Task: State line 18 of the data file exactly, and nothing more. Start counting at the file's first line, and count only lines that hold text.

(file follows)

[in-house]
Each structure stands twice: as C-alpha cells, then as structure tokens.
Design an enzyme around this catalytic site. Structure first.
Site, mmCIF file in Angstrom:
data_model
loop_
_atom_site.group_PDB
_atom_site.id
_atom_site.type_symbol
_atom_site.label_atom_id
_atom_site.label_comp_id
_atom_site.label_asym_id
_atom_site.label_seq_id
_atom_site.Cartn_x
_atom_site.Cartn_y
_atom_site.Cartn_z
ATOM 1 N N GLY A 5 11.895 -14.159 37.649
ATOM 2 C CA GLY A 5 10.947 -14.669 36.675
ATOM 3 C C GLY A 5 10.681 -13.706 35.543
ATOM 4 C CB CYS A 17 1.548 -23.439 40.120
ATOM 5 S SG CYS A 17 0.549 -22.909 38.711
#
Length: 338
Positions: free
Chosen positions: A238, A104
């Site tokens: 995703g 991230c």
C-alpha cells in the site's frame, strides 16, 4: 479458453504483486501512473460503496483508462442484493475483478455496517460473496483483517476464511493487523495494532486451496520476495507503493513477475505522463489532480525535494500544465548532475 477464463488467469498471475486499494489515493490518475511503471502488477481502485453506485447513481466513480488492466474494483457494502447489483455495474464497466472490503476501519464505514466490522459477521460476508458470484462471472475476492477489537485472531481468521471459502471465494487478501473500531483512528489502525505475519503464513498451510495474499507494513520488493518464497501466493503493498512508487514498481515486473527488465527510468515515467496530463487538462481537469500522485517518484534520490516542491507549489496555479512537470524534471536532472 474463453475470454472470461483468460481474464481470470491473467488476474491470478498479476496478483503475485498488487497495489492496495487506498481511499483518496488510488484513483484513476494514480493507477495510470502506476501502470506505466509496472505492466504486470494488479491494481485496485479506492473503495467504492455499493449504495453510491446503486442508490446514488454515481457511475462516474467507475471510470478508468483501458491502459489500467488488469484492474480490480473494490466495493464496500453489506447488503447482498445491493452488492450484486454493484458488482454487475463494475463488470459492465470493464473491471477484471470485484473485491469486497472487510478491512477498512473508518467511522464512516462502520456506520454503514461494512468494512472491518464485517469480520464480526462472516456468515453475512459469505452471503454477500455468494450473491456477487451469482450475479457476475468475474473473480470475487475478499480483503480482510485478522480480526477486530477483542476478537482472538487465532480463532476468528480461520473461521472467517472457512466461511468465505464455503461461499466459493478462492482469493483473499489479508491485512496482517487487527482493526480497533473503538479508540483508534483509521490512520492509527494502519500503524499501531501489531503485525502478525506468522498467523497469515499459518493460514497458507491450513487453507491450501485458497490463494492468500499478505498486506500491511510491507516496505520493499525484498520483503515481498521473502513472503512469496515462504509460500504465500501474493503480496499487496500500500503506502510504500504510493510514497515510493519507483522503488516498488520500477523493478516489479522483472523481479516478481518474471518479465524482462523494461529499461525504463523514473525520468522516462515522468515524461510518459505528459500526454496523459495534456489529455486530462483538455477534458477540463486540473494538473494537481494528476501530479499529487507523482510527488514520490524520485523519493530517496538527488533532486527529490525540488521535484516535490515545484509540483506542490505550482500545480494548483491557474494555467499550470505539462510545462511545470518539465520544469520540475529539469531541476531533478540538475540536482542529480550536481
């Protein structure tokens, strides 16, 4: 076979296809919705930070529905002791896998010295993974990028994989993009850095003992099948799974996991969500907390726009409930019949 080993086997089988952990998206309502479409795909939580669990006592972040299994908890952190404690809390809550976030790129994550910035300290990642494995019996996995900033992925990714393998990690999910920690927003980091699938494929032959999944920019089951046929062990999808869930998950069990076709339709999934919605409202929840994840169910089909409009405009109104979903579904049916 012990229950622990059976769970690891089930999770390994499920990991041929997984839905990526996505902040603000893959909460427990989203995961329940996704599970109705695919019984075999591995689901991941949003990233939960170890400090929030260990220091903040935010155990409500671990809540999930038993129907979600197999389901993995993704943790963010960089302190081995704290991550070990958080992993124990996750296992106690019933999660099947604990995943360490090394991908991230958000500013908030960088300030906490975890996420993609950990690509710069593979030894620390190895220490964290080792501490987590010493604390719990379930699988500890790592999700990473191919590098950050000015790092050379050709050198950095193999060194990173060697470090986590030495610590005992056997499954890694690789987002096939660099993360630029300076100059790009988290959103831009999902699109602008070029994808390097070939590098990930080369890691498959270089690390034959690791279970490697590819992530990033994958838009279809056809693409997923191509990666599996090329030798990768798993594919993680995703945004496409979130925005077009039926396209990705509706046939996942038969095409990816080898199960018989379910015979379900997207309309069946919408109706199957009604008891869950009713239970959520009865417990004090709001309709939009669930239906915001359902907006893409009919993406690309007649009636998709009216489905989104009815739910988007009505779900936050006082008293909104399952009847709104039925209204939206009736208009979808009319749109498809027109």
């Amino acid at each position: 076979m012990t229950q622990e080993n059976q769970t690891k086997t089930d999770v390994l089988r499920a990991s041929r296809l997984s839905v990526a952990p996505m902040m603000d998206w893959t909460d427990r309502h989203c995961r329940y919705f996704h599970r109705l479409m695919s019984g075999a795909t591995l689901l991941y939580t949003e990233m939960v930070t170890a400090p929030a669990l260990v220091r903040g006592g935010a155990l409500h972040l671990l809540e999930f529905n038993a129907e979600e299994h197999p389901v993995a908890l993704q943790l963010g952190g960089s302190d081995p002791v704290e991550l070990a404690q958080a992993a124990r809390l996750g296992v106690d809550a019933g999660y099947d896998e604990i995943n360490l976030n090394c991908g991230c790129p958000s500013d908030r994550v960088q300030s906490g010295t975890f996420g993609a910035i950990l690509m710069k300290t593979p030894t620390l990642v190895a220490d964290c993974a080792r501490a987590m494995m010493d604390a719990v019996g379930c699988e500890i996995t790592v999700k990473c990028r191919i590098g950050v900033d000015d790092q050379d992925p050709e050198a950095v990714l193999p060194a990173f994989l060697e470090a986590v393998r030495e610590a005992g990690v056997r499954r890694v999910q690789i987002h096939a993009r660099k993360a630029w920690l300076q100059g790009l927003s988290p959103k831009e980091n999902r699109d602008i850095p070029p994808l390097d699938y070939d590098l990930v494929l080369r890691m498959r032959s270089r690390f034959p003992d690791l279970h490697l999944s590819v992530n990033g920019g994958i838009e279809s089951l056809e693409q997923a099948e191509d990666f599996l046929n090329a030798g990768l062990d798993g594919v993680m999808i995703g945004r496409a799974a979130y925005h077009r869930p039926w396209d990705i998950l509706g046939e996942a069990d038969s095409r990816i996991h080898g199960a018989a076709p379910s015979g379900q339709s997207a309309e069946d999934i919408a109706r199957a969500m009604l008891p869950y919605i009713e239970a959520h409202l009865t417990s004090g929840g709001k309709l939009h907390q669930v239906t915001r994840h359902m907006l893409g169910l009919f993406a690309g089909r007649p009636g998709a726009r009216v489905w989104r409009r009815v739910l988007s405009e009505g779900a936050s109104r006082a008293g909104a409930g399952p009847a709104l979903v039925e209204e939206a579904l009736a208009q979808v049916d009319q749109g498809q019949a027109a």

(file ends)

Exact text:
ATOM 2 C CA GLY A 5 10.947 -14.669 36.675